(Above Photo: Good.is)
The cost of solar panels is continuing to plummet, which is great news for consumers who want to add solar panels on their homes or businesses. The downside of this decrease is that it is caused by Chinese manufacturers flooding the market with cheap solar systems, which is causing local manufacturers to compete with the cost, putting some out of business. There is talk of increasing U.S. tariffs on Chinese solar (which some view as underpriced), which would affect this trend. But the good news is – China is leading the way to prop up the solar industry (granted, it’s own) by providing solar companies with cheap loans, low taxes and free land. So while it is not great for our local companies, in the long run, I see this as going in the right direction – as humanity in general needs to offer as many incentives as possible to advance solar energy so we can have a more promising future!
“That China has surpassed the United States to become the leading emitter of greenhouse gases is no secret. The Chinese curse on the climate will have to be reckoned with, but the Chinese also have a gift to give the world: developing cheap renewable energy sources, particularly solar power. Low-cost manufacturing in China is transforming the entire array of clean energy sources, like previously expensive photovoltaic cells-and, in the process, helping to clean up the world’s energy supply.”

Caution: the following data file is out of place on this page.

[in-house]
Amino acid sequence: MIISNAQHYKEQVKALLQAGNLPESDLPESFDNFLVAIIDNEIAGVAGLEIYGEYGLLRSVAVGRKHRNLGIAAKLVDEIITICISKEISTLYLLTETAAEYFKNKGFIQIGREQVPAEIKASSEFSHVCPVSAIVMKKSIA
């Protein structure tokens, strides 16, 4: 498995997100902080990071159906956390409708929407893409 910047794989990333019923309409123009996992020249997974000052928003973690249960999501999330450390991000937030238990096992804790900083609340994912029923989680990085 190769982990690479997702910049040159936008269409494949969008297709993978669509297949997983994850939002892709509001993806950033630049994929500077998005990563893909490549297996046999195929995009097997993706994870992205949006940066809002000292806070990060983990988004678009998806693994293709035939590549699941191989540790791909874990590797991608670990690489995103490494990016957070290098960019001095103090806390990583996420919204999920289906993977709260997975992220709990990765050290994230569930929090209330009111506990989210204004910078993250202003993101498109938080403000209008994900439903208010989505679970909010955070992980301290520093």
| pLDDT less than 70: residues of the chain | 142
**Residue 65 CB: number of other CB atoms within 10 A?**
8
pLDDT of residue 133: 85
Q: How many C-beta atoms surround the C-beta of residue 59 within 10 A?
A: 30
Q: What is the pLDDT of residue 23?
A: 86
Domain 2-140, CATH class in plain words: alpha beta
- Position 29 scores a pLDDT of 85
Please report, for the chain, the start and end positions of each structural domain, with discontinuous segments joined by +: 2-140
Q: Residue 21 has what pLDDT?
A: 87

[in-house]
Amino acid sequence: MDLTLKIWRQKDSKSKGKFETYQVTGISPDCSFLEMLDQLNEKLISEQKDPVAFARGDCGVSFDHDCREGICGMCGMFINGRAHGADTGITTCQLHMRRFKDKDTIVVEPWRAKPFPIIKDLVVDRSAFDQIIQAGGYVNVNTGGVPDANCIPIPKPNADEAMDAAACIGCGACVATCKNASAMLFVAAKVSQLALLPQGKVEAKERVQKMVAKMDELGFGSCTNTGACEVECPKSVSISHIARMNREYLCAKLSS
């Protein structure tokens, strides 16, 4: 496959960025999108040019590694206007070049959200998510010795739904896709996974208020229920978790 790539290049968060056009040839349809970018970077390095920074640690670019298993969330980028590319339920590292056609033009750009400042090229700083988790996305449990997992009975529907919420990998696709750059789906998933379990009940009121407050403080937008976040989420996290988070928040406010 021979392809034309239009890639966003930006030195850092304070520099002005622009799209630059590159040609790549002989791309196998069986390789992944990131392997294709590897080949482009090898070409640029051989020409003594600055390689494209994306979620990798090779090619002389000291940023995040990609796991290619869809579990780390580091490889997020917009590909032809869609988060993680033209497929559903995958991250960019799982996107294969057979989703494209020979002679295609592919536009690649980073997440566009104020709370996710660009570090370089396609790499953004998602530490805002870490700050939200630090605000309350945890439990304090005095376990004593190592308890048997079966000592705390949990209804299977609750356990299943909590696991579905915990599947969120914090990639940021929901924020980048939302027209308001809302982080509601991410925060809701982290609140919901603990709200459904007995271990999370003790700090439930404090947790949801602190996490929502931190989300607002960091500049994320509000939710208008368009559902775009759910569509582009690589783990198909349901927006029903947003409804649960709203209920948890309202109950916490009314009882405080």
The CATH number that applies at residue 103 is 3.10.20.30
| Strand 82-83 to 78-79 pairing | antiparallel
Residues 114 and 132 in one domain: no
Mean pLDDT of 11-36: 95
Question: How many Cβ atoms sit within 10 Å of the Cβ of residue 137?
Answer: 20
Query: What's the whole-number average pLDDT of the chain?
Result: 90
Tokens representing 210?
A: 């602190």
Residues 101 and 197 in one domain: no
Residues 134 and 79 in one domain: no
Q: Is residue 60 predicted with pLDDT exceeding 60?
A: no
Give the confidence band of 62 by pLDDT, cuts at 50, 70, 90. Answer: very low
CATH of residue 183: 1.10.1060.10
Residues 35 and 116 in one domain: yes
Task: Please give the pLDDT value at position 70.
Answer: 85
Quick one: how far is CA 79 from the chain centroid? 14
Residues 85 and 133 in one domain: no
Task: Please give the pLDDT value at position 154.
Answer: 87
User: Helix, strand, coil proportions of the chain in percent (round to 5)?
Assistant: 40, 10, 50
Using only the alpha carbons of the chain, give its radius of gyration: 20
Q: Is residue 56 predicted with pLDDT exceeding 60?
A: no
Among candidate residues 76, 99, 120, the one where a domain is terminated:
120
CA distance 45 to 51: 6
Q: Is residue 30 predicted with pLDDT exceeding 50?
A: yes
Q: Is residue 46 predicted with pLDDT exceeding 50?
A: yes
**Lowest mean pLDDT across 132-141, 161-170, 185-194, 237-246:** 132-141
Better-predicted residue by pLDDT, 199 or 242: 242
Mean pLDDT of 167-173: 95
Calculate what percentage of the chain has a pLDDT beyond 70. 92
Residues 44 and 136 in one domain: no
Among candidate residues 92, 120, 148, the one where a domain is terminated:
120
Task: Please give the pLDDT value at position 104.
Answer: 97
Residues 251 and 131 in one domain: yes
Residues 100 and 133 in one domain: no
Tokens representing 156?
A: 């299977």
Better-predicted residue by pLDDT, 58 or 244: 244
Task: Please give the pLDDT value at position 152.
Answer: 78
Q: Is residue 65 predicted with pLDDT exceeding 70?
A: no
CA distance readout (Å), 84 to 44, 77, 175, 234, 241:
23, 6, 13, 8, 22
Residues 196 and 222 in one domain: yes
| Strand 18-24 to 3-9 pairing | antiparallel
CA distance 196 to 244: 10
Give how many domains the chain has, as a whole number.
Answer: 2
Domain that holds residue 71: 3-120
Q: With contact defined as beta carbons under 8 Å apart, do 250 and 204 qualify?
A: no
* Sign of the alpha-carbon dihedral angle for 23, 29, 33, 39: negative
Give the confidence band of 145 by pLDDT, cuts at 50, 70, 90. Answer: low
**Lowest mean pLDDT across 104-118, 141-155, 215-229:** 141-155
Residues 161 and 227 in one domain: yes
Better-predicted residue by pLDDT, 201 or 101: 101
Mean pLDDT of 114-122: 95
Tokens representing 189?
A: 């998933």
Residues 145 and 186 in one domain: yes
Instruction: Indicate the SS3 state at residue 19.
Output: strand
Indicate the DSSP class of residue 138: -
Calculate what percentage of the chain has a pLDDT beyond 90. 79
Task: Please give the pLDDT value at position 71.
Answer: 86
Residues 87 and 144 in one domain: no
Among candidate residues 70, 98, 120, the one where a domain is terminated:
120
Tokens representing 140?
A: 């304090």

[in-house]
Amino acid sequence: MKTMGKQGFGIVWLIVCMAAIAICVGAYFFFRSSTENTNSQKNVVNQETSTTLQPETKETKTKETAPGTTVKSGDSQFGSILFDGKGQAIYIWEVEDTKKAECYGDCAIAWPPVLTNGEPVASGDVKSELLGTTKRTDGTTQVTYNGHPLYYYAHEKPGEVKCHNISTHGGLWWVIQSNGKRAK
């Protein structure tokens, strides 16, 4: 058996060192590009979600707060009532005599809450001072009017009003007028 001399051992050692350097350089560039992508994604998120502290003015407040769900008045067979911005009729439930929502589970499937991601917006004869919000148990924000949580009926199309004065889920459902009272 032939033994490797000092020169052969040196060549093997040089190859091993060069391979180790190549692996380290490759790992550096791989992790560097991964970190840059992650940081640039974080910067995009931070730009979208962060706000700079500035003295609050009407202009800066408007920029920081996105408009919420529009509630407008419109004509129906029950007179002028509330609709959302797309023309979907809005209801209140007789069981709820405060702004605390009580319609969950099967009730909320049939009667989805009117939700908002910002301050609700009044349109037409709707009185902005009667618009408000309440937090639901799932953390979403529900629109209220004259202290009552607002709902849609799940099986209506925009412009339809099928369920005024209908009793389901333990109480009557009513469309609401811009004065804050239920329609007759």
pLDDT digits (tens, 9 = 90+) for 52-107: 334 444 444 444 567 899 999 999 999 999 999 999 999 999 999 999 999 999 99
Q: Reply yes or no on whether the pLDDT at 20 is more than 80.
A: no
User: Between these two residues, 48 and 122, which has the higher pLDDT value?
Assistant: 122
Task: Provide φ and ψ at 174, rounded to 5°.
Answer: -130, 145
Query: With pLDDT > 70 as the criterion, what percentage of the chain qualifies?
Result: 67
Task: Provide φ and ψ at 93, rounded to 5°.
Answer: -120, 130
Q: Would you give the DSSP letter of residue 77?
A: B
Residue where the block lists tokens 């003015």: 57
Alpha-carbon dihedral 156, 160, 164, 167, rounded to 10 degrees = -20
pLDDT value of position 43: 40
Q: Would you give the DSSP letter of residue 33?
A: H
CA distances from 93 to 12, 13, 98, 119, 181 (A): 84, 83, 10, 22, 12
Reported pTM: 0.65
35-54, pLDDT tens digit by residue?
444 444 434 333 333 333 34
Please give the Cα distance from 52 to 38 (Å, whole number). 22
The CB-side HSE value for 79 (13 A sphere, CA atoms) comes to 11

Article from the Associated Press:
NEW YORK (AP) — Solar equipment manufacturers will struggle for the rest of the year with a sustained drop in panel prices, a Goldman Sachs analyst said Tuesday.
Prices have tumbled for the past few years as Chinese manufacturers flooded the market with cheap solar systems. Analyst Amy Song said China appears committed to a “vicious circle” of aggressive investment despite international criticism and higher tariffs in the U.S. That will likely keep panel supplies high and prices low throughout 2012, Song said.
At 94 cents per megawatt, solar modules cost less than half of what they did three years ago. Goldman Sachs expects prices to drop by another 27 cents, or 29 percent, to 67 cents per megawatt by 2013.
Song noted that demand for solar equipment has remained strong in Germany, the world’s largest market for solar. It’s expected to pick up in Japan, which has recently installed a generous renewable energy incentive program. But supplies will remain robust as long as China continues to prop up its solar industry with cheap loans, low taxes and free land.
“Until we see a clear pullback in these local policies, the circle is likely to persist,” Song said.
The U.S. already has called for higher tariffs on Chinese solar in response to what it considers to be a flood of underpriced solar. The European Union could follow, and that could lead to additional expenses for Chinese companies, Song said.
Song singled out Yingli Green Energy as an investment risk, downgrading the Chinese company to “Sell” from “Neutral.” Song said Yingli could have trouble paying off an aggressive expansion in its manufacturing capacity. Yingli shares fell by 1.4 percent.
Also Tuesday, LDK Solar Co. posted a first-quarter loss of $185.2 million and cut its 2012 revenue forecast, after booking charges related to a plunge in solar panel prices and new anti-dumping regulations in the U.S. LDK Solar’s shares fell 5.9 percent Tuesday.
Shares of other solar companies also dropped. Trina Solar Ltd. fell by 8 percent and Suntech Power Holdings Co. by 5.2 percent. First Solar Inc., the largest solar company, fell by 2.1 percent.